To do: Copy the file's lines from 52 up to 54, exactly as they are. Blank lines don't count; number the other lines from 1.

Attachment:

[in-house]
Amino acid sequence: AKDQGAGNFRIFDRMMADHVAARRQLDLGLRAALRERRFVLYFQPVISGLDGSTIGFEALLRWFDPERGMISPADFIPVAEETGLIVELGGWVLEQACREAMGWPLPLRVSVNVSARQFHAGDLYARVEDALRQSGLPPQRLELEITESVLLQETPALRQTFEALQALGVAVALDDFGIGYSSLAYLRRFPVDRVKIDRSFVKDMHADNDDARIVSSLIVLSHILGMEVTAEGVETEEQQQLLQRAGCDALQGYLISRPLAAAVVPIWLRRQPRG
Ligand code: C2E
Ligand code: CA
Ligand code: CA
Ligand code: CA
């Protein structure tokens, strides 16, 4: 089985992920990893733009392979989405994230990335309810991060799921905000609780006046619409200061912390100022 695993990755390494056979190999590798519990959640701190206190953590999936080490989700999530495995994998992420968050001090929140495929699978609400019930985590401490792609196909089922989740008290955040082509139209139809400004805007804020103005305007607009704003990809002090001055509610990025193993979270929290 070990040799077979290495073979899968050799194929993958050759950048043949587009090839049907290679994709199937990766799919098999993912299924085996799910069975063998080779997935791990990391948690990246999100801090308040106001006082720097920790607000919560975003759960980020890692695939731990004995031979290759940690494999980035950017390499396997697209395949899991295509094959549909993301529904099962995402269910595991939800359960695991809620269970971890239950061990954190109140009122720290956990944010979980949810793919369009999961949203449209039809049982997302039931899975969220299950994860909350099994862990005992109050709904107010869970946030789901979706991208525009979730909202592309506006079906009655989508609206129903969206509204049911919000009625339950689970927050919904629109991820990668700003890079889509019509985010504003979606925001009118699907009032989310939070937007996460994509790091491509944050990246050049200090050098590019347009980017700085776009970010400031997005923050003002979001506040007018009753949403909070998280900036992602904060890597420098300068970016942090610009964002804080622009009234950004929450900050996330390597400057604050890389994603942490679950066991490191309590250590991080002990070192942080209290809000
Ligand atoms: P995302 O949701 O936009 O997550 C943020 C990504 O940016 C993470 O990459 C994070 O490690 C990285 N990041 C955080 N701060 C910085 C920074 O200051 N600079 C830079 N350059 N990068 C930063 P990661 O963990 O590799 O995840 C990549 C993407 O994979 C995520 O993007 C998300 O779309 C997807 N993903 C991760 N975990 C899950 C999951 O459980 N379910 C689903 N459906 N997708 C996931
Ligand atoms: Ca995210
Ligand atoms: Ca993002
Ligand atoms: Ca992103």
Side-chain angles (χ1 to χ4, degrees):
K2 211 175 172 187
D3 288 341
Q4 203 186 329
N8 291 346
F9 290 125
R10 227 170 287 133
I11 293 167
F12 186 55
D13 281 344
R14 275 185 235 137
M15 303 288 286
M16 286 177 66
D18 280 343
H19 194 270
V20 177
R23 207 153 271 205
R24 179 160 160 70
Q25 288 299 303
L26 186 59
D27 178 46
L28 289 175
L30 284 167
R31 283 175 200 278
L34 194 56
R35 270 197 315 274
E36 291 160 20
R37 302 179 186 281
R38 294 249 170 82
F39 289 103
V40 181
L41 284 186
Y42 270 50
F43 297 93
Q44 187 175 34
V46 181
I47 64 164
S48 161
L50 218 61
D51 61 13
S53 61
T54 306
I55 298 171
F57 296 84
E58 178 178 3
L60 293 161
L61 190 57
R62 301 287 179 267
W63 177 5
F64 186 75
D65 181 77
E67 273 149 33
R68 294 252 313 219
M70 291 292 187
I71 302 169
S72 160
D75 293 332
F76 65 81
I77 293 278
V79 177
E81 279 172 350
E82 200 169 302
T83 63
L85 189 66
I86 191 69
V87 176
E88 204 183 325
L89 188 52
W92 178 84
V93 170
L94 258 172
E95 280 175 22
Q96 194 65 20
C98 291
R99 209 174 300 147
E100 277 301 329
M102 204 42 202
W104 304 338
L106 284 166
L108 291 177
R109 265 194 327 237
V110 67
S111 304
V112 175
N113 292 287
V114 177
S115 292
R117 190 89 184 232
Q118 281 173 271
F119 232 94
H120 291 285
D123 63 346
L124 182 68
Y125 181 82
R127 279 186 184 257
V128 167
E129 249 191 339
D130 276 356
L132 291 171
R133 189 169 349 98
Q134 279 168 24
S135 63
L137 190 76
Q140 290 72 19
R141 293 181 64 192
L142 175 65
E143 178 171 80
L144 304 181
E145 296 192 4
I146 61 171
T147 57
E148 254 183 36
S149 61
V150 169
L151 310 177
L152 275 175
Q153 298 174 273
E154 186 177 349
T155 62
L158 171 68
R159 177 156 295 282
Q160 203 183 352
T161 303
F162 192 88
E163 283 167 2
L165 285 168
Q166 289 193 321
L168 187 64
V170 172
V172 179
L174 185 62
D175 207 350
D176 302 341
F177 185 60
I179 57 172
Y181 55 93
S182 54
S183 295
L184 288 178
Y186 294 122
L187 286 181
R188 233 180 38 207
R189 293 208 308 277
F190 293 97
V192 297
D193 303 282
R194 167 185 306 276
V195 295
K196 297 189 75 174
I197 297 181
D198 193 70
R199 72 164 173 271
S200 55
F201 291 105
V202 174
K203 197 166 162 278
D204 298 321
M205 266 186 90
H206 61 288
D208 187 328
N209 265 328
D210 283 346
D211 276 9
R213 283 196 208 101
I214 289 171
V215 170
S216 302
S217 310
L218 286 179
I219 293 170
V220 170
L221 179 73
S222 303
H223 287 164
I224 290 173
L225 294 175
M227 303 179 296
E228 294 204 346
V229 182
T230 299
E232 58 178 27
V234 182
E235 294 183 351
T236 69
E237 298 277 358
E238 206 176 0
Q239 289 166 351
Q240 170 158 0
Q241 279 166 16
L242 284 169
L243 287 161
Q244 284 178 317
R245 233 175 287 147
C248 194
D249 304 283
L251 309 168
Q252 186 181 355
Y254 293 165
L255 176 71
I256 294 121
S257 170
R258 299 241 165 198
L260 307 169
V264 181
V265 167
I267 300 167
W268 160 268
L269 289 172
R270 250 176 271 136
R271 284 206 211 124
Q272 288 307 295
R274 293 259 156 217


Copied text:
S53 61
T54 306
I55 298 171